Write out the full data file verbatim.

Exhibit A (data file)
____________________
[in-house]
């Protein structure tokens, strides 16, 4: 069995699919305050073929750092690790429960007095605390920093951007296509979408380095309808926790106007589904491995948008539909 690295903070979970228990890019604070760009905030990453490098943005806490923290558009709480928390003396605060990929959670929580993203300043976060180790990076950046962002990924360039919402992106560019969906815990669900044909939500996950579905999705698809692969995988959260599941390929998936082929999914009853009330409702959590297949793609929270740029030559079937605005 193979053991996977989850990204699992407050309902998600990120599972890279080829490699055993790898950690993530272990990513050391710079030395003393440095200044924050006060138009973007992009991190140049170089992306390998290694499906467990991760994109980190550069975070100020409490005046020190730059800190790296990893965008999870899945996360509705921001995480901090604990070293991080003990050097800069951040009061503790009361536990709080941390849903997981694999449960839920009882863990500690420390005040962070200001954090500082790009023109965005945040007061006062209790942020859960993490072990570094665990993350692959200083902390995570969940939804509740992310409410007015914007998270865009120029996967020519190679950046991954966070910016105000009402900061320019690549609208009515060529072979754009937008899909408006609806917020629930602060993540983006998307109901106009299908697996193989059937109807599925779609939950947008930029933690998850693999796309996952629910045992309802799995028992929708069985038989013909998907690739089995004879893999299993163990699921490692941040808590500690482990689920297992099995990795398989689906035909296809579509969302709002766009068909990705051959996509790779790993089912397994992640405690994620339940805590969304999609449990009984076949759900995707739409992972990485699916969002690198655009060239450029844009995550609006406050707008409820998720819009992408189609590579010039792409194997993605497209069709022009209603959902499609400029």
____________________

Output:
[in-house]
């Protein structure tokens, strides 16, 4: 069995699919305050073929750092690790429960007095605390920093951007296509979408380095309808926790106007589904491995948008539909 690295903070979970228990890019604070760009905030990453490098943005806490923290558009709480928390003396605060990929959670929580993203300043976060180790990076950046962002990924360039919402992106560019969906815990669900044909939500996950579905999705698809692969995988959260599941390929998936082929999914009853009330409702959590297949793609929270740029030559079937605005 193979053991996977989850990204699992407050309902998600990120599972890279080829490699055993790898950690993530272990990513050391710079030395003393440095200044924050006060138009973007992009991190140049170089992306390998290694499906467990991760994109980190550069975070100020409490005046020190730059800190790296990893965008999870899945996360509705921001995480901090604990070293991080003990050097800069951040009061503790009361536990709080941390849903997981694999449960839920009882863990500690420390005040962070200001954090500082790009023109965005945040007061006062209790942020859960993490072990570094665990993350692959200083902390995570969940939804509740992310409410007015914007998270865009120029996967020519190679950046991954966070910016105000009402900061320019690549609208009515060529072979754009937008899909408006609806917020629930602060993540983006998307109901106009299908697996193989059937109807599925779609939950947008930029933690998850693999796309996952629910045992309802799995028992929708069985038989013909998907690739089995004879893999299993163990699921490692941040808590500690482990689920297992099995990795398989689906035909296809579509969302709002766009068909990705051959996509790779790993089912397994992640405690994620339940805590969304999609449990009984076949759900995707739409992972990485699916969002690198655009060239450029844009995550609006406050707008409820998720819009992408189609590579010039792409194997993605497209069709022009209603959902499609400029």